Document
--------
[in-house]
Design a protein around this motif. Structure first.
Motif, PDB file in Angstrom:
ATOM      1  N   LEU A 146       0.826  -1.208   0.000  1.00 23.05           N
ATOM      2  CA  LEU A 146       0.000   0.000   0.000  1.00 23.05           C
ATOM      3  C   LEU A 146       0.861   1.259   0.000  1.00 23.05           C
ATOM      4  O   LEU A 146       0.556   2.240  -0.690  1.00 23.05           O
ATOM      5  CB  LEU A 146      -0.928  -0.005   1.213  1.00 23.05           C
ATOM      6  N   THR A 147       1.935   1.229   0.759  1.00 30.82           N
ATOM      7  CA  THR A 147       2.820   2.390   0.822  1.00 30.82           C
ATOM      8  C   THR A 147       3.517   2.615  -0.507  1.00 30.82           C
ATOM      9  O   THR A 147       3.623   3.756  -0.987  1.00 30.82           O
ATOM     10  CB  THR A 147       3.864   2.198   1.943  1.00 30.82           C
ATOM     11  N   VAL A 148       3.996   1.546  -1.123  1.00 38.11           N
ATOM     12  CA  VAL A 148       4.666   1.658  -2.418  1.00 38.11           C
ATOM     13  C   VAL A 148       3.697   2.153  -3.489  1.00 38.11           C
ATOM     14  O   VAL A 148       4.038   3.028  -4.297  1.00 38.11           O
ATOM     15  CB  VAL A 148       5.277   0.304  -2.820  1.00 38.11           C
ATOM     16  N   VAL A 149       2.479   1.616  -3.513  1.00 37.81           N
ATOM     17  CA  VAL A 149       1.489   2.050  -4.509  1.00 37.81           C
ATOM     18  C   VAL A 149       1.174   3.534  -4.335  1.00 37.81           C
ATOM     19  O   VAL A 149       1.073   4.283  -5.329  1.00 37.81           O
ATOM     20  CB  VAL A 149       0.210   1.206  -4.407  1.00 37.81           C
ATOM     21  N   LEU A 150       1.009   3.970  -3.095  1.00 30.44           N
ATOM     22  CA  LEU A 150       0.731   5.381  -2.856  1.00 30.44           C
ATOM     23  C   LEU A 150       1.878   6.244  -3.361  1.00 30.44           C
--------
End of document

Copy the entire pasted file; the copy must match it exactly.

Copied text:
[in-house]
Design a protein around this motif. Structure first.
Motif, PDB file in Angstrom:
ATOM      1  N   LEU A 146       0.826  -1.208   0.000  1.00 23.05           N
ATOM      2  CA  LEU A 146       0.000   0.000   0.000  1.00 23.05           C
ATOM      3  C   LEU A 146       0.861   1.259   0.000  1.00 23.05           C
ATOM      4  O   LEU A 146       0.556   2.240  -0.690  1.00 23.05           O
ATOM      5  CB  LEU A 146      -0.928  -0.005   1.213  1.00 23.05           C
ATOM      6  N   THR A 147       1.935   1.229   0.759  1.00 30.82           N
ATOM      7  CA  THR A 147       2.820   2.390   0.822  1.00 30.82           C
ATOM      8  C   THR A 147       3.517   2.615  -0.507  1.00 30.82           C
ATOM      9  O   THR A 147       3.623   3.756  -0.987  1.00 30.82           O
ATOM     10  CB  THR A 147       3.864   2.198   1.943  1.00 30.82           C
ATOM     11  N   VAL A 148       3.996   1.546  -1.123  1.00 38.11           N
ATOM     12  CA  VAL A 148       4.666   1.658  -2.418  1.00 38.11           C
ATOM     13  C   VAL A 148       3.697   2.153  -3.489  1.00 38.11           C
ATOM     14  O   VAL A 148       4.038   3.028  -4.297  1.00 38.11           O
ATOM     15  CB  VAL A 148       5.277   0.304  -2.820  1.00 38.11           C
ATOM     16  N   VAL A 149       2.479   1.616  -3.513  1.00 37.81           N
ATOM     17  CA  VAL A 149       1.489   2.050  -4.509  1.00 37.81           C
ATOM     18  C   VAL A 149       1.174   3.534  -4.335  1.00 37.81           C
ATOM     19  O   VAL A 149       1.073   4.283  -5.329  1.00 37.81           O
ATOM     20  CB  VAL A 149       0.210   1.206  -4.407  1.00 37.81           C
ATOM     21  N   LEU A 150       1.009   3.970  -3.095  1.00 30.44           N
ATOM     22  CA  LEU A 150       0.731   5.381  -2.856  1.00 30.44           C
ATOM     23  C   LEU A 150       1.878   6.244  -3.361  1.00 30.44           C